Health Centers
 loading...
if not loaded., try Site map to view all
 
 
 
 
bookmark | print this page | mail to friend | site map | help

Know all Herbals

FONT SIZE

T T T

Clove

 

Clove is one of the oldest spices in the world, is the dried, unopened flower bud of a small evergreen tree. It is indigenous to the Moluccas Islands of Indonesia.

Clove goes mainly as an ingredient of a variety of food specialties, beverages, medicines, cosmetics, perfumery and toiletries. Either whole or as a powder, Clove finds extensive application in Indian foods.

It is an active ingredient of garam masala and several kinds of curry powders. Clove is also highly recommended for making pickles, ketchups, and several kinds of sweets. It is very often used with pan for chewing after meals, and in tooth pastes as a fragrant mouth-freshener.

For Tooth ache : Apply some clove oil on the effected area or keep a clove there for some time.
Karnataka, Tamil Nadu and Kerala are the main Clove producing states in India.

Species

Family:
Syzygium aromaticum (L.) Merr. & Perry (Myrtaceae)

Synonyms and Part Used

Synonyms
Caryophyllus aromaticus L., Eugenia aromatica (L.) Baill., Eugenia caryophyllata Thunb., Eugenia caryophyllus (Spreng.) Bull. & Harr.

Part Used
Clove (dried flowerbud), leaf, stem

Constituents

Tannins
Condensed.

Volatile oils
Clove bud oil (15–18%) containing eugenol (80–90%), eugenyl acetate (2–27%), β-caryophyllene (5–12%). Others include methyl salicylate, methyl eugenol, benzaldehyde, methyl amyl ketone and α-ylangene.

Leaf oil (2%) containing eugenol 82–88%.

Stem oil (4–6%) with eugenol 90–95%. A more comprehensive listing is provided elsewhere.

Other constituents
Campesterol, carbohydrates, kaempferol, lipids, oleanolic acid, rhamnetin, sitosterol, stigmasterol and vitamins.

Uses

Food Use
Clove is listed by the Council of Europe as a natural source of food flavouring. This category indicates that clove can be added to foodstuffs in small quantities, with a possible limitation of an active principle as yet unspecified) in the final product.Clove is commonly used in cooking, and as a flavouring agent in food products.

Herbal Use
Clove has been traditionally used as a carminative, anti–emetic, toothache remedy and counter–irritant.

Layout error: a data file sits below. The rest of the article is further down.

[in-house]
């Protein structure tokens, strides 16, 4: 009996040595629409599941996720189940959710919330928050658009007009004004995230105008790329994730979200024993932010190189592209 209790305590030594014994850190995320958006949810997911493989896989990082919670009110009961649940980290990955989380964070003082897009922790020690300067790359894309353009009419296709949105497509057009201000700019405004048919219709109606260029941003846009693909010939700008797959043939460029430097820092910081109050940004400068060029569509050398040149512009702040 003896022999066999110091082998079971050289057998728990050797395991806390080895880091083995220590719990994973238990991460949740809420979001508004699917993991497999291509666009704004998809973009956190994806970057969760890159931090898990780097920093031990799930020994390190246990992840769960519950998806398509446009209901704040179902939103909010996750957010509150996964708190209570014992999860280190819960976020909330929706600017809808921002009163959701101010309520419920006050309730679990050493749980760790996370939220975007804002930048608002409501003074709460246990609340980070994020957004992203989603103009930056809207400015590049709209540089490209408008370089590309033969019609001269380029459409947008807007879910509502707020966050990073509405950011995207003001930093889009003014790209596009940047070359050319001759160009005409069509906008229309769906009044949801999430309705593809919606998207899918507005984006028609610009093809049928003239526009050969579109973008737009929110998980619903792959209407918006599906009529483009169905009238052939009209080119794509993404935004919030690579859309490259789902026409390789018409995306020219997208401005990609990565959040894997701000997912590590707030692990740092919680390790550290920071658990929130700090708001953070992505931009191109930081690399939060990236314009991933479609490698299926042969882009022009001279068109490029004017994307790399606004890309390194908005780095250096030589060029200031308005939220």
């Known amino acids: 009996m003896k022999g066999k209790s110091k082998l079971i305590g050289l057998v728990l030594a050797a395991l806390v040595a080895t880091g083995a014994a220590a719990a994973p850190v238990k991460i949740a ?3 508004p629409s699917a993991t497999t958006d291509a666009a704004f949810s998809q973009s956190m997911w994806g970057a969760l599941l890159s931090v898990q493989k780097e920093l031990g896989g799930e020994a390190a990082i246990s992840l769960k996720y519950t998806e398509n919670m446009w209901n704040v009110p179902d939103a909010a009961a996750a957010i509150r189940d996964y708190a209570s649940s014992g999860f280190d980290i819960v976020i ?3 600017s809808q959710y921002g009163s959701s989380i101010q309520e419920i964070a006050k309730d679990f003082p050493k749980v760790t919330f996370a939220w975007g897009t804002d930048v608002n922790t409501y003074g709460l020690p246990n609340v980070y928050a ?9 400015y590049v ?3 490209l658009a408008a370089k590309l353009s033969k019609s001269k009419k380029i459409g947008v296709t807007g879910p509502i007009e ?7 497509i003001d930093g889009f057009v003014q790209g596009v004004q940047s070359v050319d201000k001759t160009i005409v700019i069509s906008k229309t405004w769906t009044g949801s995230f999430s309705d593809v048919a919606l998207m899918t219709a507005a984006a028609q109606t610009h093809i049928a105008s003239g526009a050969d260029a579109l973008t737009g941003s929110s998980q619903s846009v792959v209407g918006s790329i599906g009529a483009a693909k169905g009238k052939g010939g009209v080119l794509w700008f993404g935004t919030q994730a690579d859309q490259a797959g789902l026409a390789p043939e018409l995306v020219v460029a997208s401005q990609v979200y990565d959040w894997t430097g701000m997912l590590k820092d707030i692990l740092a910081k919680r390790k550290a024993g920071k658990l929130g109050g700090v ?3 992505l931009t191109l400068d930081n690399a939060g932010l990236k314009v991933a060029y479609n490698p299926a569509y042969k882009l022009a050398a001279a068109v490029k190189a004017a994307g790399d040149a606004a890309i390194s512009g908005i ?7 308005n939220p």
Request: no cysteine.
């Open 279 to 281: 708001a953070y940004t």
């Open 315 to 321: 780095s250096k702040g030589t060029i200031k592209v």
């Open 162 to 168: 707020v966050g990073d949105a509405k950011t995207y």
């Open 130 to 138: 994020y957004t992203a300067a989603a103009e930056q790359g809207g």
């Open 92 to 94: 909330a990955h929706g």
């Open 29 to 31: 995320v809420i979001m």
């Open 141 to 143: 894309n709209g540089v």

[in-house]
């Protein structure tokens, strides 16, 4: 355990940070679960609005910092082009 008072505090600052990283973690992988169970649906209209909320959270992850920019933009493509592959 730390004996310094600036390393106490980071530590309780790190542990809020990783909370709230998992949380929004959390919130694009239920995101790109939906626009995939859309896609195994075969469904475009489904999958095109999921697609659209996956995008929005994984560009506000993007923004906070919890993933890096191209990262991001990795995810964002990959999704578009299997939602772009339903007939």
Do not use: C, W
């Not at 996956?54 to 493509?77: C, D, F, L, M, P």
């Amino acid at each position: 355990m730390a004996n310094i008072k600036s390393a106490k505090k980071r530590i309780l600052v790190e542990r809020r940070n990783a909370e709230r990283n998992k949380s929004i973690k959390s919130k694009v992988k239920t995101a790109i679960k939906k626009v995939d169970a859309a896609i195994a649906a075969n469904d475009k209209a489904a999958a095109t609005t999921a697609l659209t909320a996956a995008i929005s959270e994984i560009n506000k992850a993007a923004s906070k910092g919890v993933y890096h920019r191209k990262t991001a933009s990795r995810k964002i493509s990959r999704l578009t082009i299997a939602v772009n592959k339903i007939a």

Dosage
Clove:120–300 mg.
Clove oil: 0.05–0.2 mL.


Pharmacological Actions

In vitro and animal studies
The anodyne and mild antiseptic properties documented for clove oil have been attributed to eugenol.Clove oil is stated to possess antihistaminic and antispasmodic properties.Eugenol, eugenol acetate and methyl acetate are reported to exhibit trypsin–potentiating activity.

Antibacterial, hypoglycaemic and potent CNS-depressant activities have been documented for Syzygium cuminii L., a related species cultivated in India.

Weak tumour–promoting activity on the mouse skin and weak cytotoxic activity against HeLa cells has been documented for eugenol.

Clinical studies

A tincture of cloves (15% in 70% alcohol) was effective in treating athlete’s foot.

Side–effects, Toxicity
None documented for the bud, leaf or stem of cloves. Clove oil is stated to be a dermal and mucous membrane irritant; contact dermatitis, cheilitis, and stomatitis have been reported for clove oil. The irritant nature of the oil can be attributed to the eugenol content. Eugenol is also stated to have sensitising properties. An LD50 (rat, by mouth) value for clove oil is stated as 2.65 g/kg body weight.
In humans, the accepted daily intake of eugenol is up to 2.5 mg/kg body weight.

Contra–indications, Warnings
None documented for the bud, leaf or stem. It is recommended that clove oil should be used with caution orally and should not be used on the skin. Repeated application of clove oil as a toothache remedy may result in damage to the gingival tissue.In view of the irritant nature of the volatile oil, concentrated clove oil is not suitable for internal use in large doses. Eugenol is a powerful inhibitor of platelet activity and it is recommended that caution be taken for patients on anticoagulant therapy.

Pregnancy and lactation
There are no known problems with the use of clove during pregnancy or lactation, provided that doses taken do not greatly exceed the amounts used in foods.

Pharmaceutical Comment

The pharmacological properties documented for cloves are associated with the volatile oil, in particular with eugenol which has local anaesthetic action. Cloves should not be taken in doses greatly exceeding those used in foods and caution should be exerted in patients taking anticoagulant or anti platelet therapy.

 

Related articles

 
Your feedback?




 
 

Rate this page?
Good Average Poor



Rating accepted

Thanks for your note! Suggestion if any, will be taken up by the editor squad on a prority. We appreciate your gesture.
Hecapedia squad
Improve hecapedia - Join the squad


 
 
Nothing on this web site, in any way to be viewed as medical advice. All contents should be viewed as general information only.
All health care decisions should only be made with consultation from your physician.

About us | Link to us | Contact us | Associates | Media Center | Business services | Feedback | Report Bugs | Sitemap | Help
privacy policy | disclaimer | terms and conditions | accessibility | anti-spam policy
© 2006 hecapedia